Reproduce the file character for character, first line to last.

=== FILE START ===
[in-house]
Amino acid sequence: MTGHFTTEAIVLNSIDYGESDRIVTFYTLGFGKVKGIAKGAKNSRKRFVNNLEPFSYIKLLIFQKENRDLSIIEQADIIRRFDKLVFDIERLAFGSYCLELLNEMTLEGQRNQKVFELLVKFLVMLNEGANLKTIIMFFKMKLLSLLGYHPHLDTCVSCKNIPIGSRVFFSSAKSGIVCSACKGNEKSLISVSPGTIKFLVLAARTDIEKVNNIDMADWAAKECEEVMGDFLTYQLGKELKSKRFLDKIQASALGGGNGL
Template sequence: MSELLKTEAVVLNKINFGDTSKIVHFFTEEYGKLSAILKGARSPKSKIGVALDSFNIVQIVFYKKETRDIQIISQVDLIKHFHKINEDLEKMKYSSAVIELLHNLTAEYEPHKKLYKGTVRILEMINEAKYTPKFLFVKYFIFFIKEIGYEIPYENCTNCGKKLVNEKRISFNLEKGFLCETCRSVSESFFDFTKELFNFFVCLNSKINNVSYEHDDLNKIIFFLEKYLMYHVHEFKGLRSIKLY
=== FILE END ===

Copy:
[in-house]
Amino acid sequence: MTGHFTTEAIVLNSIDYGESDRIVTFYTLGFGKVKGIAKGAKNSRKRFVNNLEPFSYIKLLIFQKENRDLSIIEQADIIRRFDKLVFDIERLAFGSYCLELLNEMTLEGQRNQKVFELLVKFLVMLNEGANLKTIIMFFKMKLLSLLGYHPHLDTCVSCKNIPIGSRVFFSSAKSGIVCSACKGNEKSLISVSPGTIKFLVLAARTDIEKVNNIDMADWAAKECEEVMGDFLTYQLGKELKSKRFLDKIQASALGGGNGL
Template sequence: MSELLKTEAVVLNKINFGDTSKIVHFFTEEYGKLSAILKGARSPKSKIGVALDSFNIVQIVFYKKETRDIQIISQVDLIKHFHKINEDLEKMKYSSAVIELLHNLTAEYEPHKKLYKGTVRILEMINEAKYTPKFLFVKYFIFFIKEIGYEIPYENCTNCGKKLVNEKRISFNLEKGFLCETCRSVSESFFDFTKELFNFFVCLNSKINNVSYEHDDLNKIIFFLEKYLMYHVHEFKGLRSIKLY